But, they have the research of Dr. Jon Lindstrom.
For the better part of a half-century, Dr. Jon Lindstrom has been making slow and steady progress in understanding, treating and improving the lives of patients living with Myasthenia Gravis.
A rare type of muscular dystrophy, Myasthenia Gravis, known simply as MG, impacts the voluntary muscles in the body. It commonly interferes with limb use, swallowing, talking and eye movements. The weakness associated with MG is worsened when the muscles are used, which limits the amount of activity MG patients can perform.
“Today, MG is one of the most thoroughly understood neurological disorders, which has lead to treatments which vastly improve the length and quality of life of myasthenics,” explains the Yale School of Medicine.
Much of what we know can be traced back to Dr. Jon Lindstrom.
His pioneering work revolutionized our understanding of MG as an autoimmune disease. He found that MG tricks a patient’s immune system into attacking a receptor protein in muscles. After that discovery, his UPenn team went to work identifying a potential immunotherapy to treat the disease. In just the past two years, his team has discovered that six weekly treatments could prevent MG symptoms for at least 6 months.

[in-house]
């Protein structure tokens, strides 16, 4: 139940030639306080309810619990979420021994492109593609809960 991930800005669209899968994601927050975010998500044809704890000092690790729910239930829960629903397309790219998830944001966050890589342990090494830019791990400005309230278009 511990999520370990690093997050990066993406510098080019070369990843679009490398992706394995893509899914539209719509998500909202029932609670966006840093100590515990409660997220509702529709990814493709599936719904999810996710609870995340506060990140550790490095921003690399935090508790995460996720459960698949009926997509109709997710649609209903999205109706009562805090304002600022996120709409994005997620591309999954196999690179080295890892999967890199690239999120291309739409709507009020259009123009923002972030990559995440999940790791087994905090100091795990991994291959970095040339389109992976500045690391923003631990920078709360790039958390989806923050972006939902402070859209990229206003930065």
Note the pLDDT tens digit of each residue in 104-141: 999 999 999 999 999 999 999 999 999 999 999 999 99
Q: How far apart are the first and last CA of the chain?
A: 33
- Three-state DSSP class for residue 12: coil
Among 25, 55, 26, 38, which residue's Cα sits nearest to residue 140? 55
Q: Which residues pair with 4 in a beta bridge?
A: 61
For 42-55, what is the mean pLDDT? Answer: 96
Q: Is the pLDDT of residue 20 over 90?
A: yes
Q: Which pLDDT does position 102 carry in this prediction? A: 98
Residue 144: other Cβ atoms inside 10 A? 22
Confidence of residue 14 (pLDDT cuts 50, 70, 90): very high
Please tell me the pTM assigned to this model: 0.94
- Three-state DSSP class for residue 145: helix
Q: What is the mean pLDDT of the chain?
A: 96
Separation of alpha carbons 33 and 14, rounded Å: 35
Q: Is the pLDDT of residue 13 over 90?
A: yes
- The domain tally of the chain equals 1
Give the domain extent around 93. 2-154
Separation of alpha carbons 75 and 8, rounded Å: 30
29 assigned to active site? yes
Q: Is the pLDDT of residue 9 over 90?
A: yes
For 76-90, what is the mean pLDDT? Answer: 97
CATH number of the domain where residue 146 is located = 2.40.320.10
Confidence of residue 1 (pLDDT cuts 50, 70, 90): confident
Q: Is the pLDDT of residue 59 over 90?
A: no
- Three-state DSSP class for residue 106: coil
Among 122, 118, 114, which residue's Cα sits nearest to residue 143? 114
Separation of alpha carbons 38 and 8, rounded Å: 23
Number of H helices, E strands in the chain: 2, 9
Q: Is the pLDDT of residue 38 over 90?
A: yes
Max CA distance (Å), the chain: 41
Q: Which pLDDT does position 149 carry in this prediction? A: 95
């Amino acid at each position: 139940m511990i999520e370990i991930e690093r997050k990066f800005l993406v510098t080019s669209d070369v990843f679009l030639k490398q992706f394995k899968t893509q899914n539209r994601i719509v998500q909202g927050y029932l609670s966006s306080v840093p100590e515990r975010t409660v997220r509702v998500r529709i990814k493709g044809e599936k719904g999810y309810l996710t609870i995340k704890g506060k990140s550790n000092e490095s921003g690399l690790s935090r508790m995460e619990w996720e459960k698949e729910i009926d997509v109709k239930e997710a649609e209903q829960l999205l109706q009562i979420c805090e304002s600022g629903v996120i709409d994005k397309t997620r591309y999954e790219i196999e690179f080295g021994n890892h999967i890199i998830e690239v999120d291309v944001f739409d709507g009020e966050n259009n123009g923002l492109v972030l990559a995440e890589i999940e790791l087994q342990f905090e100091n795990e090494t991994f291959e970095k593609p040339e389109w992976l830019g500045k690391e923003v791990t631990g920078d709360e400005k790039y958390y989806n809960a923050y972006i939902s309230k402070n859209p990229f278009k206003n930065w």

“We think our therapy will be safe and effective and revolutionize therapy for MG,” explains Dr. Jon Lindstrom, the Trustee Professor in Neuroscience at the University of Pennsylvania. “But, if we do not get support to continue our work, no one will ever know.”
The movement in health care towards cost-cutting and value frameworks undercuts research into rare diseases. Myasthenia Gravis affects 1 in every 5,000 people, or roughly 25,000 patients in the United States, which makes it difficult to justify major investment in research for cures.
Dr. Jon Lindstrom’s pioneering research is in danger of being canceled due to funding issues. His lab faces imminent shutdown without funding of his current NIH grant request.
Dr. Jon Lindstrom’s immunotherapy is designed to create a targeted, quick, and sustained response with few side effects, which would be a game changer for patients with MG. Not surprisingly, he’s taking the same approach to securing funding for his research. He’s launched a targeted, quick and sustained social giving page at the University of Pennsylvania.
Jim Sliney, Jr. is a Registered Medical Assistant and writes educational and advocacy articles for patients with rare and under-served diseases. Jim volunteers for G-PACT.org where he serves on the board of directors and as Newsletter Editor. Connect with Jim on LinkedIn or follow him on Twitter.